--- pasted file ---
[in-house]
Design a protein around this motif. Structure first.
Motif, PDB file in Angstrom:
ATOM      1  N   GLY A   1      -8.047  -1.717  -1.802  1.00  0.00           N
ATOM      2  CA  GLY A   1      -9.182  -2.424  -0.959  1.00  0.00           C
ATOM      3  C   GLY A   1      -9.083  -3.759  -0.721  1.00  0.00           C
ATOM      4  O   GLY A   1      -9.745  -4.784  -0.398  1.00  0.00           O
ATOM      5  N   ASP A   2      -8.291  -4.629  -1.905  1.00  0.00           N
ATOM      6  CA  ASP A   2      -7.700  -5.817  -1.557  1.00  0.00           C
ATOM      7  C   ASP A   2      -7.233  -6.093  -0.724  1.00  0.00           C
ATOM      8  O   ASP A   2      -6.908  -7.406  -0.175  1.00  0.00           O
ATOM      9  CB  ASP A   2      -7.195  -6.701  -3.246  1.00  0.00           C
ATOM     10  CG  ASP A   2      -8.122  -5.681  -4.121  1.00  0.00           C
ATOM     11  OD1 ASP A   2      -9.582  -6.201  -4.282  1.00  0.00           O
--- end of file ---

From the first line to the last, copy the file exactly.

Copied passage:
[in-house]
Design a protein around this motif. Structure first.
Motif, PDB file in Angstrom:
ATOM      1  N   GLY A   1      -8.047  -1.717  -1.802  1.00  0.00           N
ATOM      2  CA  GLY A   1      -9.182  -2.424  -0.959  1.00  0.00           C
ATOM      3  C   GLY A   1      -9.083  -3.759  -0.721  1.00  0.00           C
ATOM      4  O   GLY A   1      -9.745  -4.784  -0.398  1.00  0.00           O
ATOM      5  N   ASP A   2      -8.291  -4.629  -1.905  1.00  0.00           N
ATOM      6  CA  ASP A   2      -7.700  -5.817  -1.557  1.00  0.00           C
ATOM      7  C   ASP A   2      -7.233  -6.093  -0.724  1.00  0.00           C
ATOM      8  O   ASP A   2      -6.908  -7.406  -0.175  1.00  0.00           O
ATOM      9  CB  ASP A   2      -7.195  -6.701  -3.246  1.00  0.00           C
ATOM     10  CG  ASP A   2      -8.122  -5.681  -4.121  1.00  0.00           C
ATOM     11  OD1 ASP A   2      -9.582  -6.201  -4.282  1.00  0.00           O